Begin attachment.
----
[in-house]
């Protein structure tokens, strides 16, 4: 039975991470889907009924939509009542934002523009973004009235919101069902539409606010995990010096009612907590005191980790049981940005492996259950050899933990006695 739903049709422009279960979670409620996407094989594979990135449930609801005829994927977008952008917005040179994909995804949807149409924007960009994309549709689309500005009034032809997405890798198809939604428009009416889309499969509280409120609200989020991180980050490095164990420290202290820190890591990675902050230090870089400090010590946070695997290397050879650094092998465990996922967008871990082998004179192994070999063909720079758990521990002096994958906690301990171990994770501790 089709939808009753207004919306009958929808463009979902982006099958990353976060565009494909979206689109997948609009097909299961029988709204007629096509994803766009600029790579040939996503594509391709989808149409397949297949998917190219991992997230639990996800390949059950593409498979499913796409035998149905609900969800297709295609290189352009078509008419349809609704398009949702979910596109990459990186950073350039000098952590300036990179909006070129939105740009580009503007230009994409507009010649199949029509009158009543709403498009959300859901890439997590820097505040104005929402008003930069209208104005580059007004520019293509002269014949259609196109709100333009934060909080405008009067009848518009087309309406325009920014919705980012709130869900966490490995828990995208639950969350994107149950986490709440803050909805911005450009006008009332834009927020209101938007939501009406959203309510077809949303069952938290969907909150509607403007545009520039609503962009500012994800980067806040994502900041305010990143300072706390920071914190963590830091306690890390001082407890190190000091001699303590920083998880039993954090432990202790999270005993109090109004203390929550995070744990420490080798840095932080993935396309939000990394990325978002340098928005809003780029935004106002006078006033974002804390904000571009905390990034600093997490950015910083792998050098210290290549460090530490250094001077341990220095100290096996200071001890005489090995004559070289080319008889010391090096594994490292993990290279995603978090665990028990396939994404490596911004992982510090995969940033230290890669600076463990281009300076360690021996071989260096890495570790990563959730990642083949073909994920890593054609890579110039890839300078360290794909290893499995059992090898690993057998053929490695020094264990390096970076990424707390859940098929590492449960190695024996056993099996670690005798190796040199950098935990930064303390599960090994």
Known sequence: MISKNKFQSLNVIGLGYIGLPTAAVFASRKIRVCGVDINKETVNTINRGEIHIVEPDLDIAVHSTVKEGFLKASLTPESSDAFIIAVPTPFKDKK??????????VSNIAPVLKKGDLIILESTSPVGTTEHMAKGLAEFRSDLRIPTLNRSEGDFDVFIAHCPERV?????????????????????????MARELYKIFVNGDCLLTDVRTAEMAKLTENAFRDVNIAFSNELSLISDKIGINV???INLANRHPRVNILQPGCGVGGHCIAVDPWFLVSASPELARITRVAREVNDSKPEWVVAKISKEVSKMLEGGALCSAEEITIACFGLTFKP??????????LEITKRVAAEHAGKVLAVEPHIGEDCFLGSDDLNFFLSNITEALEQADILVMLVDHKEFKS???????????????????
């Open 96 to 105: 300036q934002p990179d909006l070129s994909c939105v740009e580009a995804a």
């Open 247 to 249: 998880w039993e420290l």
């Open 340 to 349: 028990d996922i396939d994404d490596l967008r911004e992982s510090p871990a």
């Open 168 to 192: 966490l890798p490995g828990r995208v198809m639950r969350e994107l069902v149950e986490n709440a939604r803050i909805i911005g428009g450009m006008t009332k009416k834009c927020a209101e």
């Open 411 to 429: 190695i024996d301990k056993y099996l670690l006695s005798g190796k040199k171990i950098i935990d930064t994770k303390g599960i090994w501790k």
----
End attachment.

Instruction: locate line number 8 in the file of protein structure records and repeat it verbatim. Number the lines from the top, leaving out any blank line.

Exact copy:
């Open 411 to 429: 190695i024996d301990k056993y099996l670690l006695s005798g190796k040199k171990i950098i935990d930064t994770k303390g599960i090994w501790k």